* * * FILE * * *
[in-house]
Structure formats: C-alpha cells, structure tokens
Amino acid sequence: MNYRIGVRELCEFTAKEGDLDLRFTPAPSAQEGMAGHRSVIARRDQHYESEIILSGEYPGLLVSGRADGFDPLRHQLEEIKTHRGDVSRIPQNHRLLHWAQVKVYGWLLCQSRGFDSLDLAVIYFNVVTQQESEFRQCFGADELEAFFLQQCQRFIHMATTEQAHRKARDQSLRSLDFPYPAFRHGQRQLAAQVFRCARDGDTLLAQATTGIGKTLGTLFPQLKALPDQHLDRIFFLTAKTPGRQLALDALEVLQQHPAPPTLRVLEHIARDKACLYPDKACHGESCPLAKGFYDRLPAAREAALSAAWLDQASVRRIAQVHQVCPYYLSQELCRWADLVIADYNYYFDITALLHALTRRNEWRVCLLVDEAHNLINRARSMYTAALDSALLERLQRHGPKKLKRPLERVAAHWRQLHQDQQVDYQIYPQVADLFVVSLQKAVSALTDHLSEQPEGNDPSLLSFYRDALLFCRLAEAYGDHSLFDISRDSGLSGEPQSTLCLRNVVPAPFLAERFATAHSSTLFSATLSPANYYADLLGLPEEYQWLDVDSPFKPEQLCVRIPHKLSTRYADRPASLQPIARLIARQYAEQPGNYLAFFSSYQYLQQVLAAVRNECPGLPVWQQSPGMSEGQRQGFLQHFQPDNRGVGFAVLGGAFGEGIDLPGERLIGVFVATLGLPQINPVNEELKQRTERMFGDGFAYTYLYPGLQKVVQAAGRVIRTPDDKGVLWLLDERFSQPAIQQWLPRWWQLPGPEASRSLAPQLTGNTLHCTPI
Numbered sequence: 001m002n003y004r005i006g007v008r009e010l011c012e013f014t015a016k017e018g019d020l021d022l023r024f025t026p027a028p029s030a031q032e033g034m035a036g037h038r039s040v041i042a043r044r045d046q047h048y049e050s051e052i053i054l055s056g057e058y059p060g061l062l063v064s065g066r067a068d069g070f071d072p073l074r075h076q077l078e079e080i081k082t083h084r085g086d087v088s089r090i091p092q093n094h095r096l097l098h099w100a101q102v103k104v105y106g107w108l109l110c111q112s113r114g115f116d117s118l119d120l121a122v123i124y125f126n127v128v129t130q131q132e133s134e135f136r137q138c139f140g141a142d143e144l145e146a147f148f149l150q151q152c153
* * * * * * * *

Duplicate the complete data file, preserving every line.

[in-house]
Structure formats: C-alpha cells, structure tokens
Amino acid sequence: MNYRIGVRELCEFTAKEGDLDLRFTPAPSAQEGMAGHRSVIARRDQHYESEIILSGEYPGLLVSGRADGFDPLRHQLEEIKTHRGDVSRIPQNHRLLHWAQVKVYGWLLCQSRGFDSLDLAVIYFNVVTQQESEFRQCFGADELEAFFLQQCQRFIHMATTEQAHRKARDQSLRSLDFPYPAFRHGQRQLAAQVFRCARDGDTLLAQATTGIGKTLGTLFPQLKALPDQHLDRIFFLTAKTPGRQLALDALEVLQQHPAPPTLRVLEHIARDKACLYPDKACHGESCPLAKGFYDRLPAAREAALSAAWLDQASVRRIAQVHQVCPYYLSQELCRWADLVIADYNYYFDITALLHALTRRNEWRVCLLVDEAHNLINRARSMYTAALDSALLERLQRHGPKKLKRPLERVAAHWRQLHQDQQVDYQIYPQVADLFVVSLQKAVSALTDHLSEQPEGNDPSLLSFYRDALLFCRLAEAYGDHSLFDISRDSGLSGEPQSTLCLRNVVPAPFLAERFATAHSSTLFSATLSPANYYADLLGLPEEYQWLDVDSPFKPEQLCVRIPHKLSTRYADRPASLQPIARLIARQYAEQPGNYLAFFSSYQYLQQVLAAVRNECPGLPVWQQSPGMSEGQRQGFLQHFQPDNRGVGFAVLGGAFGEGIDLPGERLIGVFVATLGLPQINPVNEELKQRTERMFGDGFAYTYLYPGLQKVVQAAGRVIRTPDDKGVLWLLDERFSQPAIQQWLPRWWQLPGPEASRSLAPQLTGNTLHCTPI
Numbered sequence: 001m002n003y004r005i006g007v008r009e010l011c012e013f014t015a016k017e018g019d020l021d022l023r024f025t026p027a028p029s030a031q032e033g034m035a036g037h038r039s040v041i042a043r044r045d046q047h048y049e050s051e052i053i054l055s056g057e058y059p060g061l062l063v064s065g066r067a068d069g070f071d072p073l074r075h076q077l078e079e080i081k082t083h084r085g086d087v088s089r090i091p092q093n094h095r096l097l098h099w100a101q102v103k104v105y106g107w108l109l110c111q112s113r114g115f116d117s118l119d120l121a122v123i124y125f126n127v128v129t130q131q132e133s134e135f136r137q138c139f140g141a142d143e144l145e146a147f148f149l150q151q152c153